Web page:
Mercedes breathing aid being used in 15 countries

Breathing aids that Mercedes co-developed with University College London to fight COVID-19 are now being used in “at least” 15 countries.

Project Pitlane was launched early on in the pandemic by seven Formula 1 teams with the aim of developing ventilators to help those suffering from coronavirus.

As part of said project, Mercedes AMG’s High Performance Powertrains and the University College London developed the UCL-Ventura device, a breathing aid.

The British government ordered 10,00 of them and they were promptly delivered to NHS hospitals throughout the nation.

“It is exceptionally pleasing to see that the flow devices swiftly engineered and produced in volume here at Brixworth are helping patients around the UK,” said Mercedes AMG HPP Managing Director Andy Cowell.

Since then, the devices have been continued to be produced in the UK and, according to the Formula 1 website, shipped to the likes of Palestine and Uganda.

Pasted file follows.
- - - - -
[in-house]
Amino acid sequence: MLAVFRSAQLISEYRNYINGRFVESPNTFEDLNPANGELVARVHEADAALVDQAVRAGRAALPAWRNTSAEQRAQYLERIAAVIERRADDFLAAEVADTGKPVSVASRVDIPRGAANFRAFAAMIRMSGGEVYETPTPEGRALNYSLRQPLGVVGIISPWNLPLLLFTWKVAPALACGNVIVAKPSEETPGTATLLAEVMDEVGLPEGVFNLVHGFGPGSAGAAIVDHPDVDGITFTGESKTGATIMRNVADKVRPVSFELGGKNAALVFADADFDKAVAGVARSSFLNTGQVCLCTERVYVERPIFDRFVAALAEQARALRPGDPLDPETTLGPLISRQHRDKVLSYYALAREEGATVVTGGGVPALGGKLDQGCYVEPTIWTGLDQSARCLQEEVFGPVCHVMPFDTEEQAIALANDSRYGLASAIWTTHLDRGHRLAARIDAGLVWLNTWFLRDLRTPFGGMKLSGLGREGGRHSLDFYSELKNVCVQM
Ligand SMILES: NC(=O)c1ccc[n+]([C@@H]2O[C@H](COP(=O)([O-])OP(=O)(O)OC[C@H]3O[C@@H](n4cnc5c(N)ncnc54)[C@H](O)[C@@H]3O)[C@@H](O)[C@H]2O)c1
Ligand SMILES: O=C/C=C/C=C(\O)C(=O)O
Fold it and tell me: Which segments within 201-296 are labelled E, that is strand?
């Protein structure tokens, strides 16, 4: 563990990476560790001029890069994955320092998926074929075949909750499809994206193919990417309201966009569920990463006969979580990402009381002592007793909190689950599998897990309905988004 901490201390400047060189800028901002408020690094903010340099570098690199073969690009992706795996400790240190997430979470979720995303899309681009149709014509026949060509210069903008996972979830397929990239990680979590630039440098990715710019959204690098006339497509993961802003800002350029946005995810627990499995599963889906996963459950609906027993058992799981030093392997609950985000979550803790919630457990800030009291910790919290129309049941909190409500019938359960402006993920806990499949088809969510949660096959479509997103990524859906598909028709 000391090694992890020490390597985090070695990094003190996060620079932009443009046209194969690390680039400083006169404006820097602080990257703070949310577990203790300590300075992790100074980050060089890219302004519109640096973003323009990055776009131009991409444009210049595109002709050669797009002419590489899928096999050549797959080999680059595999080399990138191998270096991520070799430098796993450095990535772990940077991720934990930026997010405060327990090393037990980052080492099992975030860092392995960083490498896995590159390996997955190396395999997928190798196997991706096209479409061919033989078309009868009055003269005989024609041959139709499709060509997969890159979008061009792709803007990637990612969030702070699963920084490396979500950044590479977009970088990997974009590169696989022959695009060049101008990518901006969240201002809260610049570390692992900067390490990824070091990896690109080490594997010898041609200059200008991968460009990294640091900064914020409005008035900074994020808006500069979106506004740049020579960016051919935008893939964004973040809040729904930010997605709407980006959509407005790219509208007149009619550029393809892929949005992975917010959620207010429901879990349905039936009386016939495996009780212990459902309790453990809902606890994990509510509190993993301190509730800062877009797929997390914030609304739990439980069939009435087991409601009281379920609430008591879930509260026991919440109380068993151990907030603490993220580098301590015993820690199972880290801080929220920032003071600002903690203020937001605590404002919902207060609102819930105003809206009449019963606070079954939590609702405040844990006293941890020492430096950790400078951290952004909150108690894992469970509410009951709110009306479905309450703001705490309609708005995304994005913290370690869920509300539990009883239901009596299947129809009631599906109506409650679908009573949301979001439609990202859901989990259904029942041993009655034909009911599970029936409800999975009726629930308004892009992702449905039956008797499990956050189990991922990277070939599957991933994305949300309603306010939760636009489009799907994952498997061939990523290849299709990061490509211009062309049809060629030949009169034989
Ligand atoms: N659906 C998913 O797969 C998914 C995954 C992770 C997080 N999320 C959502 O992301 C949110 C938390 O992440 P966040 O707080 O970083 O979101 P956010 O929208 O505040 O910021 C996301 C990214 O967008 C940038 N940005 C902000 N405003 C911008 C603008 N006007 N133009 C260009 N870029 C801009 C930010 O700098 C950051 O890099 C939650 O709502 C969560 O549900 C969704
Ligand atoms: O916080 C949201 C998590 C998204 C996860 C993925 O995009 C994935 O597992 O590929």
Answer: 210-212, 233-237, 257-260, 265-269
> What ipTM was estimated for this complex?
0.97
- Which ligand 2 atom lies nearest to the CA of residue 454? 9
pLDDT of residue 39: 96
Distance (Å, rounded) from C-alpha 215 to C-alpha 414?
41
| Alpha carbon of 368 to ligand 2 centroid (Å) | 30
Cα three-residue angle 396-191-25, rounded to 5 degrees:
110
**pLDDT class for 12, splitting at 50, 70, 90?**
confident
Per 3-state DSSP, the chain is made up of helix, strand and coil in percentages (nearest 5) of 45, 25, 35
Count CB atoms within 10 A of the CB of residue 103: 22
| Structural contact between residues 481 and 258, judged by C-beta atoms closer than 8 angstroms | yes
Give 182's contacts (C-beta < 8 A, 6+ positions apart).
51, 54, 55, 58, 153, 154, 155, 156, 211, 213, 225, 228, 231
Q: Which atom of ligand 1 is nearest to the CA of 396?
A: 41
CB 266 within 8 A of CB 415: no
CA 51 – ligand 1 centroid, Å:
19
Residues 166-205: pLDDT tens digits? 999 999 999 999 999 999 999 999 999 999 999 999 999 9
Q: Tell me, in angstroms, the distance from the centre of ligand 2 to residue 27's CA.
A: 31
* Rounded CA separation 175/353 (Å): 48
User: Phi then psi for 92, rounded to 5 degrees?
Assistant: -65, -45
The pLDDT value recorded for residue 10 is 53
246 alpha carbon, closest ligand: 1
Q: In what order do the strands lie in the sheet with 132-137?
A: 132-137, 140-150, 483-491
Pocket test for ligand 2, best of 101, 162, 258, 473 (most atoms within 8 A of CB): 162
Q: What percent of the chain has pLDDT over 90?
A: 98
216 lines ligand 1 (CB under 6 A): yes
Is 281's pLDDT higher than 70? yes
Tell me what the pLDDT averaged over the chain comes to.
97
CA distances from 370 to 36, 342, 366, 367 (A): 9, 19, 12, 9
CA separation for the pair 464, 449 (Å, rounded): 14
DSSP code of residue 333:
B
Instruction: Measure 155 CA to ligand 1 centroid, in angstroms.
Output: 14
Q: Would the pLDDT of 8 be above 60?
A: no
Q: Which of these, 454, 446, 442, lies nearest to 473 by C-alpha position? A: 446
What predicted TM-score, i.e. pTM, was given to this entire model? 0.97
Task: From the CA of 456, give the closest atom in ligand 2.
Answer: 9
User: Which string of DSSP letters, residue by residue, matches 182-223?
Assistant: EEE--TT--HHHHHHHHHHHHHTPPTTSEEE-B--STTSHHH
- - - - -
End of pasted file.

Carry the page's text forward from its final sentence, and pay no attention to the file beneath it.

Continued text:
Mercedes HPP's incredible Covid-19 efforts continue to save lives in over 15 countries 👏#F1 @MercedesAMGF1 https://t.co/YUPijJUECv

— Formula 1 (@F1) March 17, 2021

What’s more, they are also locally manufactured in India, Pakistan, South Africa and Mexico as Mercedes and UCL made all the details of the designs available to copy free of charge.

In fact, the President of the University, Dr Michael Spence says that the breathing aids are now being used in at least 15 countries all around the world.

“The development of the UCL-Ventura is a remarkable story of scientific breakthrough innovation and collaboration between UK universities, hospitals and industry,” he said.

“The speed with which the breathing aid was produced and approved for use on the NHS was startling and we are proud that it is now helping to save the lives of seriously-ill COVID-19 patients in over 130 hospitals in the UK and at least 15 countries around the world.”

As well as Mercedes, Red Bull and Renault also worked together to develop emergency ventilators. However, those were ultimately not required by the NHS and thus were not mass-produced.

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